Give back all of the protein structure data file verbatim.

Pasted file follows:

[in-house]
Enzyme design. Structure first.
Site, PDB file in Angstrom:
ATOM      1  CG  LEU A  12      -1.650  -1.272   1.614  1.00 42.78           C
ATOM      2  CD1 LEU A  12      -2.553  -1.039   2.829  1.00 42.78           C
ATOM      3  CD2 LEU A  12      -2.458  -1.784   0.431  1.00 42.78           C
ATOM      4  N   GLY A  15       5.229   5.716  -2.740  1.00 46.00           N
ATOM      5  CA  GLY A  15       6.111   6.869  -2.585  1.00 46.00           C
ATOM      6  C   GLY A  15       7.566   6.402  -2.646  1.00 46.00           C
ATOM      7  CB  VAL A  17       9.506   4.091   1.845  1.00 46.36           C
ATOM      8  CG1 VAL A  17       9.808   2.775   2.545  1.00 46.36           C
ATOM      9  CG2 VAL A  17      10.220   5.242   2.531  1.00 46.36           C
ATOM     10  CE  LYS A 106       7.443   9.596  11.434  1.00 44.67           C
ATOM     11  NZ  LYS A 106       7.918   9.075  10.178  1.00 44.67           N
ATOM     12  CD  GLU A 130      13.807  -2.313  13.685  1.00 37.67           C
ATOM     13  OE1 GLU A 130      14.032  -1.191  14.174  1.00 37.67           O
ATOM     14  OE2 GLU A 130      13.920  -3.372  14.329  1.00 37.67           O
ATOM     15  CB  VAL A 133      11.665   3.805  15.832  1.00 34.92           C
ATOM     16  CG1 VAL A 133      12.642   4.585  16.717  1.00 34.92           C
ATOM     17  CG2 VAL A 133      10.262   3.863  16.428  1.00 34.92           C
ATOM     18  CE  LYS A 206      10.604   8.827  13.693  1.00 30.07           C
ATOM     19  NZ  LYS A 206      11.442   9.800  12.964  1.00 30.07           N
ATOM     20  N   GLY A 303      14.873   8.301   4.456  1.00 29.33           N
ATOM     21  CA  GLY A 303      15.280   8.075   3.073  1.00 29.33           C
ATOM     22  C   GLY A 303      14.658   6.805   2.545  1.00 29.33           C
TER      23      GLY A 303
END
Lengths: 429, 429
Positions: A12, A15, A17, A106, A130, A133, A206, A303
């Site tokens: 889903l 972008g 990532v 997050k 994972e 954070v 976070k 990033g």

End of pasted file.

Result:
[in-house]
Enzyme design. Structure first.
Site, PDB file in Angstrom:
ATOM      1  CG  LEU A  12      -1.650  -1.272   1.614  1.00 42.78           C
ATOM      2  CD1 LEU A  12      -2.553  -1.039   2.829  1.00 42.78           C
ATOM      3  CD2 LEU A  12      -2.458  -1.784   0.431  1.00 42.78           C
ATOM      4  N   GLY A  15       5.229   5.716  -2.740  1.00 46.00           N
ATOM      5  CA  GLY A  15       6.111   6.869  -2.585  1.00 46.00           C
ATOM      6  C   GLY A  15       7.566   6.402  -2.646  1.00 46.00           C
ATOM      7  CB  VAL A  17       9.506   4.091   1.845  1.00 46.36           C
ATOM      8  CG1 VAL A  17       9.808   2.775   2.545  1.00 46.36           C
ATOM      9  CG2 VAL A  17      10.220   5.242   2.531  1.00 46.36           C
ATOM     10  CE  LYS A 106       7.443   9.596  11.434  1.00 44.67           C
ATOM     11  NZ  LYS A 106       7.918   9.075  10.178  1.00 44.67           N
ATOM     12  CD  GLU A 130      13.807  -2.313  13.685  1.00 37.67           C
ATOM     13  OE1 GLU A 130      14.032  -1.191  14.174  1.00 37.67           O
ATOM     14  OE2 GLU A 130      13.920  -3.372  14.329  1.00 37.67           O
ATOM     15  CB  VAL A 133      11.665   3.805  15.832  1.00 34.92           C
ATOM     16  CG1 VAL A 133      12.642   4.585  16.717  1.00 34.92           C
ATOM     17  CG2 VAL A 133      10.262   3.863  16.428  1.00 34.92           C
ATOM     18  CE  LYS A 206      10.604   8.827  13.693  1.00 30.07           C
ATOM     19  NZ  LYS A 206      11.442   9.800  12.964  1.00 30.07           N
ATOM     20  N   GLY A 303      14.873   8.301   4.456  1.00 29.33           N
ATOM     21  CA  GLY A 303      15.280   8.075   3.073  1.00 29.33           C
ATOM     22  C   GLY A 303      14.658   6.805   2.545  1.00 29.33           C
TER      23      GLY A 303
END
Lengths: 429, 429
Positions: A12, A15, A17, A106, A130, A133, A206, A303
């Site tokens: 889903l 972008g 990532v 997050k 994972e 954070v 976070k 990033g």